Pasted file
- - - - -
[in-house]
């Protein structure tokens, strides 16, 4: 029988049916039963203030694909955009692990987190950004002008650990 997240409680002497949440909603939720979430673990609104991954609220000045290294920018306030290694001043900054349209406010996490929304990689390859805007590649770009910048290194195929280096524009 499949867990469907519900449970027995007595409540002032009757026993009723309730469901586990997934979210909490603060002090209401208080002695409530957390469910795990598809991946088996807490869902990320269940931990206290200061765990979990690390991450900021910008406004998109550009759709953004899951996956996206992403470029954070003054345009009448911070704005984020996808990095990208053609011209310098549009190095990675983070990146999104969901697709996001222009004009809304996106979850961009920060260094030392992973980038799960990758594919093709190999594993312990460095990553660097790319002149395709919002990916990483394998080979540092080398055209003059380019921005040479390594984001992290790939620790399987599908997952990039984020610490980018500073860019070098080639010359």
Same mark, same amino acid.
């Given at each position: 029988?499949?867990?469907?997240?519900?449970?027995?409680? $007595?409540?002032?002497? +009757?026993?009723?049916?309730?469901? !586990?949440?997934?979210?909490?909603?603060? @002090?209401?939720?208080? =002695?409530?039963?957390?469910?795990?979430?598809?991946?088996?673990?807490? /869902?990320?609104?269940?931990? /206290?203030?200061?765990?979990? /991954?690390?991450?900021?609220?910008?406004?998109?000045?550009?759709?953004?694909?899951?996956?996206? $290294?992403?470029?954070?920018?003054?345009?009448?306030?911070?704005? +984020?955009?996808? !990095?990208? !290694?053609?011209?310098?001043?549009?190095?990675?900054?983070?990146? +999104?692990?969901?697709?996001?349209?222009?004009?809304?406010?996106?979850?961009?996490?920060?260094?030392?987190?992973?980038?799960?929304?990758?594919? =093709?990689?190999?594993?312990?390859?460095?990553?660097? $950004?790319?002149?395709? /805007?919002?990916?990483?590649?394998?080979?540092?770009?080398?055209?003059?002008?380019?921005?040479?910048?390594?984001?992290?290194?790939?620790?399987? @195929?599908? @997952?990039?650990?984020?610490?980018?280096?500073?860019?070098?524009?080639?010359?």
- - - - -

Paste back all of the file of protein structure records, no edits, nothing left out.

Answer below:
[in-house]
């Protein structure tokens, strides 16, 4: 029988049916039963203030694909955009692990987190950004002008650990 997240409680002497949440909603939720979430673990609104991954609220000045290294920018306030290694001043900054349209406010996490929304990689390859805007590649770009910048290194195929280096524009 499949867990469907519900449970027995007595409540002032009757026993009723309730469901586990997934979210909490603060002090209401208080002695409530957390469910795990598809991946088996807490869902990320269940931990206290200061765990979990690390991450900021910008406004998109550009759709953004899951996956996206992403470029954070003054345009009448911070704005984020996808990095990208053609011209310098549009190095990675983070990146999104969901697709996001222009004009809304996106979850961009920060260094030392992973980038799960990758594919093709190999594993312990460095990553660097790319002149395709919002990916990483394998080979540092080398055209003059380019921005040479390594984001992290790939620790399987599908997952990039984020610490980018500073860019070098080639010359």
Same mark, same amino acid.
């Given at each position: 029988?499949?867990?469907?997240?519900?449970?027995?409680? $007595?409540?002032?002497? +009757?026993?009723?049916?309730?469901? !586990?949440?997934?979210?909490?909603?603060? @002090?209401?939720?208080? =002695?409530?039963?957390?469910?795990?979430?598809?991946?088996?673990?807490? /869902?990320?609104?269940?931990? /206290?203030?200061?765990?979990? /991954?690390?991450?900021?609220?910008?406004?998109?000045?550009?759709?953004?694909?899951?996956?996206? $290294?992403?470029?954070?920018?003054?345009?009448?306030?911070?704005? +984020?955009?996808? !990095?990208? !290694?053609?011209?310098?001043?549009?190095?990675?900054?983070?990146? +999104?692990?969901?697709?996001?349209?222009?004009?809304?406010?996106?979850?961009?996490?920060?260094?030392?987190?992973?980038?799960?929304?990758?594919? =093709?990689?190999?594993?312990?390859?460095?990553?660097? $950004?790319?002149?395709? /805007?919002?990916?990483?590649?394998?080979?540092?770009?080398?055209?003059?002008?380019?921005?040479?910048?390594?984001?992290?290194?790939?620790?399987? @195929?599908? @997952?990039?650990?984020?610490?980018?280096?500073?860019?070098?524009?080639?010359?």